UNIVERSITY PARK, Penn. -- "Health concerns" play a significant role when teenagers shop at the supermarket but they, like their parents, still rely too heavily on "lite," "fat-free," "low cholesterol" front-of-the-label nutrition claims, a Penn State study has found.
Christine McCullum a Penn State graduate and her adviser Dr. Cheryl L. Achterberg, professor of nutrition and director of the Penn State Nutrition Center, found that a "health reason" was the second most common category of factors reported for food item selection by the 90 adolescent shoppers included in their study. Health came in second behind a category that included taste/personal preference, custom/habit and price/cost.
However, the teens made their decision about what choices are "healthy" based on front-of-the-label claims rather than the actual nutrition information on the back of the package or can.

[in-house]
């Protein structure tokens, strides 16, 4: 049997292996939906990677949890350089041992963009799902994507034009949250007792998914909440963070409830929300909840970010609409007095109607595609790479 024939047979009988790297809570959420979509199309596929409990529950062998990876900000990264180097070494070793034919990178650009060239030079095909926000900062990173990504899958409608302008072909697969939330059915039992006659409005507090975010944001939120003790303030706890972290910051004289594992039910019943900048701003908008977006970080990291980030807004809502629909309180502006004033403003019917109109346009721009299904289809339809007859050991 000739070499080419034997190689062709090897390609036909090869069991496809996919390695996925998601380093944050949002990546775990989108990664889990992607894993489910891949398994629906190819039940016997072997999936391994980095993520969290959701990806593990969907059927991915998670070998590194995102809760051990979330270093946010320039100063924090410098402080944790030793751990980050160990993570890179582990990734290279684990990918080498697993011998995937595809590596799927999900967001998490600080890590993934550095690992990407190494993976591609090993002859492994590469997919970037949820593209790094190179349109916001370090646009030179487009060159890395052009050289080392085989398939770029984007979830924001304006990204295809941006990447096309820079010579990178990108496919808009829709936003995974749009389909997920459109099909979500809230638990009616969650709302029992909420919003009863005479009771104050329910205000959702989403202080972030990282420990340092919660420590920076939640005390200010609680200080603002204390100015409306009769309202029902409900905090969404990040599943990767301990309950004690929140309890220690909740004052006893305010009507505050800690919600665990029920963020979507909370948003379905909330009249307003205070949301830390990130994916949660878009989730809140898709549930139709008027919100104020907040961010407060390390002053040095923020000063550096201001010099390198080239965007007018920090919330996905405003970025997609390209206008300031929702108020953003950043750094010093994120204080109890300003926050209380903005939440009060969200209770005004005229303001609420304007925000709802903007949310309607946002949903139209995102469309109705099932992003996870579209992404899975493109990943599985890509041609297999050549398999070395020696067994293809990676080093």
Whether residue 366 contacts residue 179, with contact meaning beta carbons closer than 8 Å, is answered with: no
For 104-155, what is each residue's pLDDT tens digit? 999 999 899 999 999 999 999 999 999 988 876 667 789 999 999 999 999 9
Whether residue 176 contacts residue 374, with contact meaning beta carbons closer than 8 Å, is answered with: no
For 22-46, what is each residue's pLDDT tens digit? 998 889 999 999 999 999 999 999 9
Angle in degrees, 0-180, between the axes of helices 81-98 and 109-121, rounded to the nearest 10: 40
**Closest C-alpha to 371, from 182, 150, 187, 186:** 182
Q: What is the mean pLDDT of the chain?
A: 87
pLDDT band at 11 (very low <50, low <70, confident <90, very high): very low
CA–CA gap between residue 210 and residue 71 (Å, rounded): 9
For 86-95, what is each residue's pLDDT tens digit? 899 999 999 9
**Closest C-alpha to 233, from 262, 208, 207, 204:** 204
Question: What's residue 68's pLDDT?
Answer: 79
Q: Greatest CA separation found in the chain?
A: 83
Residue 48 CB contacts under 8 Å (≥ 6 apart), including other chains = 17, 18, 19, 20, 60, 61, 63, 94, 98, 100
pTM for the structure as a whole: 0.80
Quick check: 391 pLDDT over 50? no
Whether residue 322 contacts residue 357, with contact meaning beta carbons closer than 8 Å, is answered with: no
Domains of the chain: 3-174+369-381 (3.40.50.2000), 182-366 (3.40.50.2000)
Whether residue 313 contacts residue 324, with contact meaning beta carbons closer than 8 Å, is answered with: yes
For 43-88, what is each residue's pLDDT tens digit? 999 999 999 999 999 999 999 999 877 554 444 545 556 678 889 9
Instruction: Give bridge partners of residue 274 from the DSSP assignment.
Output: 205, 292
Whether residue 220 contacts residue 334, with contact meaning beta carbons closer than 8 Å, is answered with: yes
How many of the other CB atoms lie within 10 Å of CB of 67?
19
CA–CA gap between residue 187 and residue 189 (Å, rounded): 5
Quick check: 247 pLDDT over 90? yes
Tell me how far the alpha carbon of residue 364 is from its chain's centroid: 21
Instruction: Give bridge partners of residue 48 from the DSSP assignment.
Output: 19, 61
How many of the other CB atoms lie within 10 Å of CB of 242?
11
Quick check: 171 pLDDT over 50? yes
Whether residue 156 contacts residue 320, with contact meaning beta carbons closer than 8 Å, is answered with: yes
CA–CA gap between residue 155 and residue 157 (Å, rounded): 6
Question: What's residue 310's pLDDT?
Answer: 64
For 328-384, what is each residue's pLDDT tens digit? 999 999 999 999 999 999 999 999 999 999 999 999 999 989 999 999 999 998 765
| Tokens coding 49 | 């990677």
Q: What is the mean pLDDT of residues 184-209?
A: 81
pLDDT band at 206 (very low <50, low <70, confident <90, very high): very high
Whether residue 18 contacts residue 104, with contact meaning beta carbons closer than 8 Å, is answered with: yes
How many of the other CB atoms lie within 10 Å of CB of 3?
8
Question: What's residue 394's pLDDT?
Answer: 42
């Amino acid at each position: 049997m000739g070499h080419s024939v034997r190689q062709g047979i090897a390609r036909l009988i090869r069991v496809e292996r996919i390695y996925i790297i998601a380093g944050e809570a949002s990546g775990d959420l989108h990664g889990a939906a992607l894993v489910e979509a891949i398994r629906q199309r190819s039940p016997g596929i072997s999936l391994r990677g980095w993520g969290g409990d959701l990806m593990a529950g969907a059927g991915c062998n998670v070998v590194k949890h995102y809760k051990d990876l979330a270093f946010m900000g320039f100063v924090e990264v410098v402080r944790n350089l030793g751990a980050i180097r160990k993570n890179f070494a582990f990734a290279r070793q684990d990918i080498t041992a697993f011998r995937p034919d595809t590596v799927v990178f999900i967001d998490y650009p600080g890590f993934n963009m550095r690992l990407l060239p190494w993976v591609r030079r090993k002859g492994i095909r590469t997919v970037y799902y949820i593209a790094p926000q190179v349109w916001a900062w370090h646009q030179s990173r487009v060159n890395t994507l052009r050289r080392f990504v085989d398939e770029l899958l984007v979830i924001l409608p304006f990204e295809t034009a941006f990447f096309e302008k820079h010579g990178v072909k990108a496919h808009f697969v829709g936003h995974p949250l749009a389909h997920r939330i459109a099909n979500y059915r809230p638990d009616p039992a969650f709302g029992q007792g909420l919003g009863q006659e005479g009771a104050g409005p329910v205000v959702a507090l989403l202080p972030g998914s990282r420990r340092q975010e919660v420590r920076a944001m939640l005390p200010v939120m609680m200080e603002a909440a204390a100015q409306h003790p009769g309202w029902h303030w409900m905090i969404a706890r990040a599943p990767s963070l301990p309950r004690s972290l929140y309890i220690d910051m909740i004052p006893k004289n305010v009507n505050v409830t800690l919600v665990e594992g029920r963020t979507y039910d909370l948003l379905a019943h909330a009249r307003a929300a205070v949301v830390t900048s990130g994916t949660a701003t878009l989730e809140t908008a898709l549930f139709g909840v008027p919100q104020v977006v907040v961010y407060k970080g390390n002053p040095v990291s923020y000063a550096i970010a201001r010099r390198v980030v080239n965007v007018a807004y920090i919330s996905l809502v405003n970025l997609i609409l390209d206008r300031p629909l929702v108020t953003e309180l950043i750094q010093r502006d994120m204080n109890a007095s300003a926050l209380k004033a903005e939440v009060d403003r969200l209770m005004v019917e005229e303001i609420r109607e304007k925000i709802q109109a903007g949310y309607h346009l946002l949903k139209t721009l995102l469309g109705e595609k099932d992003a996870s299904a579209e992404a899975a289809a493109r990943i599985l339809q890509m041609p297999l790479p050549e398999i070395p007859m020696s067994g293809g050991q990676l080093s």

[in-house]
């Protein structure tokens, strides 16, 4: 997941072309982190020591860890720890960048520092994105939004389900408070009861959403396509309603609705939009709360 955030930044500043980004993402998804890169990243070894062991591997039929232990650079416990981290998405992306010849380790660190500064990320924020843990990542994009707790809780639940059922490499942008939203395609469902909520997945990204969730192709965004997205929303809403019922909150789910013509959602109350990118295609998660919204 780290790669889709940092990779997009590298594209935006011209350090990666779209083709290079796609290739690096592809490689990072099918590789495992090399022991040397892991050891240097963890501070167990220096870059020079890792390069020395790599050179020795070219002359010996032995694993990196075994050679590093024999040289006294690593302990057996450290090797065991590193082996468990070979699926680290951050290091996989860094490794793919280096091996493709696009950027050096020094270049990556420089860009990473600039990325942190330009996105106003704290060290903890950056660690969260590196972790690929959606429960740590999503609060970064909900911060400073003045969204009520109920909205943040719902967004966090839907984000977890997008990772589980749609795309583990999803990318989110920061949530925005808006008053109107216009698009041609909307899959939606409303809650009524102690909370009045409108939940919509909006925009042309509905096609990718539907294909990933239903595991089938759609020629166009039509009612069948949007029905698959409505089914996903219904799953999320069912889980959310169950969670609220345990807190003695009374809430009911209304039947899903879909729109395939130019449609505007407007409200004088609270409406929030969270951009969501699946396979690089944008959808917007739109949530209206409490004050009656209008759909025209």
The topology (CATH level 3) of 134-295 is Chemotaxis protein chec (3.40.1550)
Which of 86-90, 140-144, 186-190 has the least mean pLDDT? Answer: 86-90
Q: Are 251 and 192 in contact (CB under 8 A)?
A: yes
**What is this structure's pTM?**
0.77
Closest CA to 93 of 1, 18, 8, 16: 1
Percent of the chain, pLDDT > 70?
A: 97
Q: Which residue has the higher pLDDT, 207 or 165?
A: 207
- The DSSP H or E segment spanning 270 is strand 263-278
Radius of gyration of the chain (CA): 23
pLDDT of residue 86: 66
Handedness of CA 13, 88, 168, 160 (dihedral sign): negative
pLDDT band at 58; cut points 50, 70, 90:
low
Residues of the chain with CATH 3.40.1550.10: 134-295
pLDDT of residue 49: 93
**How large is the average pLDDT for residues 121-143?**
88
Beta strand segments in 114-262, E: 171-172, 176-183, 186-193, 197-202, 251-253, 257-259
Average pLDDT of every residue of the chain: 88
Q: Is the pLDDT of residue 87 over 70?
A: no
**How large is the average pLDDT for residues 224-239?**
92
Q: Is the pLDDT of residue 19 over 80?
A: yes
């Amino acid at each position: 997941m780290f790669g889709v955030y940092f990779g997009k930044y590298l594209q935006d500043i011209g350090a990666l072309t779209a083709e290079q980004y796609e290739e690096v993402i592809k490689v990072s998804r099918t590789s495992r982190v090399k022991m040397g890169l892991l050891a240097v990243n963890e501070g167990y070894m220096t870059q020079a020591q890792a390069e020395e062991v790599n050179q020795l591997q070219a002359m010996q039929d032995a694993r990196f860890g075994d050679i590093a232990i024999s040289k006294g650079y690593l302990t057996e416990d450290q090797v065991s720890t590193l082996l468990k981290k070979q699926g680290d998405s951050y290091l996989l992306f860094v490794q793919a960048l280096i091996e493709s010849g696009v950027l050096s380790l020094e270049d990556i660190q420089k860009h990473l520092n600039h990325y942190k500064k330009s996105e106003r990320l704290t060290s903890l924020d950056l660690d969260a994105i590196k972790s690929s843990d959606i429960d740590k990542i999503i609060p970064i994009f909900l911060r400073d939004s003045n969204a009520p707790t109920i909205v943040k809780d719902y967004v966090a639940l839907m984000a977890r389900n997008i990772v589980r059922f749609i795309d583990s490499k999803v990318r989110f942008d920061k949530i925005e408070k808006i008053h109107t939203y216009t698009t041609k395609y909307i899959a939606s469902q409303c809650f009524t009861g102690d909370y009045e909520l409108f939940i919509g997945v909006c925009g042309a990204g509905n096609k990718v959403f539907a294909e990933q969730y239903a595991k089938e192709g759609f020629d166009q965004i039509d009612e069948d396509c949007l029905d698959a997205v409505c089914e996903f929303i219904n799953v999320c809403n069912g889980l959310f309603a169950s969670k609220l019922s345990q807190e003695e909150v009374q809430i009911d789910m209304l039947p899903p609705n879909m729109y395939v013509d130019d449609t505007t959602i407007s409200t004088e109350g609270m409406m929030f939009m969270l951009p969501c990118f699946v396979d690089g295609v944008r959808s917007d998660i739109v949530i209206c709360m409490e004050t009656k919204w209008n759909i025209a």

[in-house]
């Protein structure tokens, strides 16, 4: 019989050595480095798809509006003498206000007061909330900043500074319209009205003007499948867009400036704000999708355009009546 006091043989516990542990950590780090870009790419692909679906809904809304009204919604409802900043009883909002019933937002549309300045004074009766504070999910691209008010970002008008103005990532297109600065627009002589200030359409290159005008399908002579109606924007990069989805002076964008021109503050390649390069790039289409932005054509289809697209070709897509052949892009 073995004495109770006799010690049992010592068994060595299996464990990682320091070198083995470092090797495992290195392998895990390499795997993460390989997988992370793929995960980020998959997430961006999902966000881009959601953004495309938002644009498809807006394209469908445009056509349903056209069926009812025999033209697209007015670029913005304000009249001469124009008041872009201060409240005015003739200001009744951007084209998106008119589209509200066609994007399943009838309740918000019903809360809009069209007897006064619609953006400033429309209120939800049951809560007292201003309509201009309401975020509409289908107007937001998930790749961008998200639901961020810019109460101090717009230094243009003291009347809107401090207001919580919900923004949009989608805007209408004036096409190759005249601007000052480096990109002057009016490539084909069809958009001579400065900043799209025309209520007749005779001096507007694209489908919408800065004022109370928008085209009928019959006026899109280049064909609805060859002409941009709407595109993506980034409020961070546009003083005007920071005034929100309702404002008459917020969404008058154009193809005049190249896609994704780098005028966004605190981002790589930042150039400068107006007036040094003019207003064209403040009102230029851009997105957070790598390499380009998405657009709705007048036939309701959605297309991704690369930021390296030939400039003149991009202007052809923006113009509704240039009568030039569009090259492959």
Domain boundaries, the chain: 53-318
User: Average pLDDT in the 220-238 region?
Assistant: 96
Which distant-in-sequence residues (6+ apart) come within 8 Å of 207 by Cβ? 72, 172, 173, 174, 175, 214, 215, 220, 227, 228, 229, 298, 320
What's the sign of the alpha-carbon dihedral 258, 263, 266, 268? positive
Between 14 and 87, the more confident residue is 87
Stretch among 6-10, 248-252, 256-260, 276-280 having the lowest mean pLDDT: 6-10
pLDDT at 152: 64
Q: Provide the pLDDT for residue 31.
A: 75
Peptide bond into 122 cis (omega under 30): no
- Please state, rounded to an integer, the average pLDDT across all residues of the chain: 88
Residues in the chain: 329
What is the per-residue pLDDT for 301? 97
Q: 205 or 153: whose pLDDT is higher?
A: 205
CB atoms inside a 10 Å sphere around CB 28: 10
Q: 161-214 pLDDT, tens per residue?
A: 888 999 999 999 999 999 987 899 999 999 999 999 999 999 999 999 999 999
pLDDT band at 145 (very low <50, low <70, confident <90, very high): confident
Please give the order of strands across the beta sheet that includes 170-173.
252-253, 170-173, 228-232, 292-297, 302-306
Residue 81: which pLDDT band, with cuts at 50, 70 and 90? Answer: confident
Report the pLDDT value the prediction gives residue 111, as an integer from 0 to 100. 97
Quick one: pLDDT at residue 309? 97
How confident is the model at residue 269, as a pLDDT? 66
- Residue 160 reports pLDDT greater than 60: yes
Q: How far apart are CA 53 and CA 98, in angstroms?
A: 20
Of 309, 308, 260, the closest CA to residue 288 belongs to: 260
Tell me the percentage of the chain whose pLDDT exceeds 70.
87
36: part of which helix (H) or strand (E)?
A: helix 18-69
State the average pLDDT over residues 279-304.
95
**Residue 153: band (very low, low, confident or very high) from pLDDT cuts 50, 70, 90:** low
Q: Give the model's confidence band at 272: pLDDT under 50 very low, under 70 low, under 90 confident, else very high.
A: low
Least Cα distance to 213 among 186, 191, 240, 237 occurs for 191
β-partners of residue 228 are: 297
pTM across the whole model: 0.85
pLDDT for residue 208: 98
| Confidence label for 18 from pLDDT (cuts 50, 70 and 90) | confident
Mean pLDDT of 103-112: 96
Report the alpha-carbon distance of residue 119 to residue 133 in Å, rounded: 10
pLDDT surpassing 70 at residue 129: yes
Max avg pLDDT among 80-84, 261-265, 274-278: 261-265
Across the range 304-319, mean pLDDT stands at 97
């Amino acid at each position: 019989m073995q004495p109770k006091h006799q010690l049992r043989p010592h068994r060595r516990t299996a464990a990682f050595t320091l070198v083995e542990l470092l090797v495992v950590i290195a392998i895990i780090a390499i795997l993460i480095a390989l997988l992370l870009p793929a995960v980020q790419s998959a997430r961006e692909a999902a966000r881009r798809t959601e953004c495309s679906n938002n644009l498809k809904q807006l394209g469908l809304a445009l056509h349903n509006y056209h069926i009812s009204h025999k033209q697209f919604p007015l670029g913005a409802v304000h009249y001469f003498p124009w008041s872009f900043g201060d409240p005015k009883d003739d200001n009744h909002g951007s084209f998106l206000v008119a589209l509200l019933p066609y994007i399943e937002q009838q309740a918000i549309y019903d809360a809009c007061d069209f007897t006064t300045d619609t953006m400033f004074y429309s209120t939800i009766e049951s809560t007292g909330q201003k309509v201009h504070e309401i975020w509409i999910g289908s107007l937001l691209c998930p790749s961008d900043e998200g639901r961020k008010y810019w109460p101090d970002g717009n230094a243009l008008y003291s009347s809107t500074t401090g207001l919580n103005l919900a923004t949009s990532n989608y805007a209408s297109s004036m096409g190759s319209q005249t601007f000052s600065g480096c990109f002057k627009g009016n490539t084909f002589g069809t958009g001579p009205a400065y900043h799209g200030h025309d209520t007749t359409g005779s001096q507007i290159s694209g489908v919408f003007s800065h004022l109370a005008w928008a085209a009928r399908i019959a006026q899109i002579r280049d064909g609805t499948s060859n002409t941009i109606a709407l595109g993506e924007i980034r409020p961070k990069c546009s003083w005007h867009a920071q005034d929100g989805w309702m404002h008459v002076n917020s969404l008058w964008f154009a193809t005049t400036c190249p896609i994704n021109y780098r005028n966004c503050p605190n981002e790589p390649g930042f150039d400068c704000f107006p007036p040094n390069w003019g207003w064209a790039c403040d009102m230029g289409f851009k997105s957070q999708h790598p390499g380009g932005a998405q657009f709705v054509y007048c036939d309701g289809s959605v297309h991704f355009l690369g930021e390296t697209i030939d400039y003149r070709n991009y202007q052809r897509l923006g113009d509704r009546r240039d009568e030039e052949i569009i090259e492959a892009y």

Interviews with the young people after their shopping trips showed that they were five times more likely to use front label claims than nutrition labels.
The study included male and female high school students with an average age of 15 and both experienced and inexperienced shoppers. Girls were more likely than boys to use front-of-the-label nutrition claims. However, there were no significant differences between males and females and their use of nutrient labels on the back of the products they purchased.
The Penn State researchers report that a recent survey by Teenage Research Unlimited revealed that as high as 90 percent of teenagers (both boys and girls) shop for their families. They receive $19.2 billion for family food shopping and another $4 billion annually for their own food and snack purchases.
In their report in the journal, Adolescence, the researchers write,
"A previous marketing survey conducted by Food and Beverage Marketing
and Forecast Magazine in 1988 did not show that health-relat
Contact: Barbara Hale